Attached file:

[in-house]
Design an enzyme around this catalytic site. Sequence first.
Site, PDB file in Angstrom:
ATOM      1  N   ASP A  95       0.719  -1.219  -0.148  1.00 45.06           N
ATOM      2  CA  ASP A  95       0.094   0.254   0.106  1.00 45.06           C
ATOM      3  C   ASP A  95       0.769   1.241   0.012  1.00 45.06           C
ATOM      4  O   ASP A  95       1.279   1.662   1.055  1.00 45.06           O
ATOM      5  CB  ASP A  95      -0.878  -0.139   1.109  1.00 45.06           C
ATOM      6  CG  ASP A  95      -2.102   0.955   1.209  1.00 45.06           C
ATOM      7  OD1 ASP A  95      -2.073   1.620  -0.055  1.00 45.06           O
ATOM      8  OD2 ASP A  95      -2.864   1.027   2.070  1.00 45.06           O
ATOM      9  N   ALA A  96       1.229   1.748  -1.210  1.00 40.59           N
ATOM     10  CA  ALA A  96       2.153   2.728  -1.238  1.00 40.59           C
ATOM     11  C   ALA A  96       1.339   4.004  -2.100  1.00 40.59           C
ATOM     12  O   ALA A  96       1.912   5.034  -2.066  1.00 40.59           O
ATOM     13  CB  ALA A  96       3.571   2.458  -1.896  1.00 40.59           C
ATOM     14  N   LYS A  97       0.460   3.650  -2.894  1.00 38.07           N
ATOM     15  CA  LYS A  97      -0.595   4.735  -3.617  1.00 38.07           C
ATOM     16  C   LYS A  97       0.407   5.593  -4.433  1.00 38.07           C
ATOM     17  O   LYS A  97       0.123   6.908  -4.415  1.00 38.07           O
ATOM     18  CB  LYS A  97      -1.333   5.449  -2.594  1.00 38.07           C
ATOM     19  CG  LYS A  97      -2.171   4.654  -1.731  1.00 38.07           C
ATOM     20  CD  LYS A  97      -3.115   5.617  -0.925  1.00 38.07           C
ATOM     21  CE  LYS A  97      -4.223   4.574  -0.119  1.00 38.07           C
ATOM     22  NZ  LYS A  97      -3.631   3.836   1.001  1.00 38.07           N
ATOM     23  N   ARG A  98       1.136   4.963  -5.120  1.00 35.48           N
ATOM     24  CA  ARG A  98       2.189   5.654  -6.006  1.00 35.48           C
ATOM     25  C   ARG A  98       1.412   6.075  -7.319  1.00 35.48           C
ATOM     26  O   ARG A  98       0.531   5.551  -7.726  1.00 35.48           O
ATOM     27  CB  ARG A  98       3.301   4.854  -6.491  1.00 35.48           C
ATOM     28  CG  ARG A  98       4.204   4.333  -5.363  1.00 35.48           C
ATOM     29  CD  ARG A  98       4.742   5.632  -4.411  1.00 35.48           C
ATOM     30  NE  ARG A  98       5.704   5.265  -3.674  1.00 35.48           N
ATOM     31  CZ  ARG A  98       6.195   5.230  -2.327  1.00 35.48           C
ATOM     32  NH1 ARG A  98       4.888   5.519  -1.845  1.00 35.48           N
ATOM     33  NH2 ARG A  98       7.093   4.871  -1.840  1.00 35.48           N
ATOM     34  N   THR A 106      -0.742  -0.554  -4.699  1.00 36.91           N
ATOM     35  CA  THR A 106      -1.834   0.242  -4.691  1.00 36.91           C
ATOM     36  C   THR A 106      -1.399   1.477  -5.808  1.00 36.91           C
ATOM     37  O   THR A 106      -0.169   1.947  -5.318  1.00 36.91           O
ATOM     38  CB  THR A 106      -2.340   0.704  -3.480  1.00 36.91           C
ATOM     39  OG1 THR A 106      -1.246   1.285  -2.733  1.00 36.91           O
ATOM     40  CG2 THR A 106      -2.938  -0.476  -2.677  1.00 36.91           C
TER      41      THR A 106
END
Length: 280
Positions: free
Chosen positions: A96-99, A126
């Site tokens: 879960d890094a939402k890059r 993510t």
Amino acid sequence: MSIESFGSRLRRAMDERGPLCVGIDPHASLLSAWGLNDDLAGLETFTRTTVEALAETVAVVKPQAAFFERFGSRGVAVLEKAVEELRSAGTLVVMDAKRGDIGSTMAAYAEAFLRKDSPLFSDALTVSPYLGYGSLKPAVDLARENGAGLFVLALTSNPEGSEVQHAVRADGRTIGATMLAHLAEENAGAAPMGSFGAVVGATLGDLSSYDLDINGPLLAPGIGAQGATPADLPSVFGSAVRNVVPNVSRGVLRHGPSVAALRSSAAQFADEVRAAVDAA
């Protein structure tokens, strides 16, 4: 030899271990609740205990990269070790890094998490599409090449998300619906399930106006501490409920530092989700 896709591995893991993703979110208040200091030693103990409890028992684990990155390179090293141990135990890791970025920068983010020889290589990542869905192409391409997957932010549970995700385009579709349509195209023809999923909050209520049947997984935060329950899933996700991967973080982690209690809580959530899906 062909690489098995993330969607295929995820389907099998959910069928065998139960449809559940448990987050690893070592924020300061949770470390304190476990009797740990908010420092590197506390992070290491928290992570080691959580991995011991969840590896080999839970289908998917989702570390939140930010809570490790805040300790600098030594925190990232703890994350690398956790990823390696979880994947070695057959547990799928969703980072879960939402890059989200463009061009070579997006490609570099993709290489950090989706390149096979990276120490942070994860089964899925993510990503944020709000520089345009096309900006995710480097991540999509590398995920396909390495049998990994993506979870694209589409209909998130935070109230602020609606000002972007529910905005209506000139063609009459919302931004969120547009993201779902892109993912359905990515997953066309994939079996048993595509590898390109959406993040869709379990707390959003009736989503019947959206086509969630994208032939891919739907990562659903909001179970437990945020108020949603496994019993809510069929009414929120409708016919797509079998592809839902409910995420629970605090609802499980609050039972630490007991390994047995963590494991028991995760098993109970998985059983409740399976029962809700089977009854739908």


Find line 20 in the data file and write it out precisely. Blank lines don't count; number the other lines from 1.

ATOM     17  O   LYS A  97       0.123   6.908  -4.415  1.00 38.07           O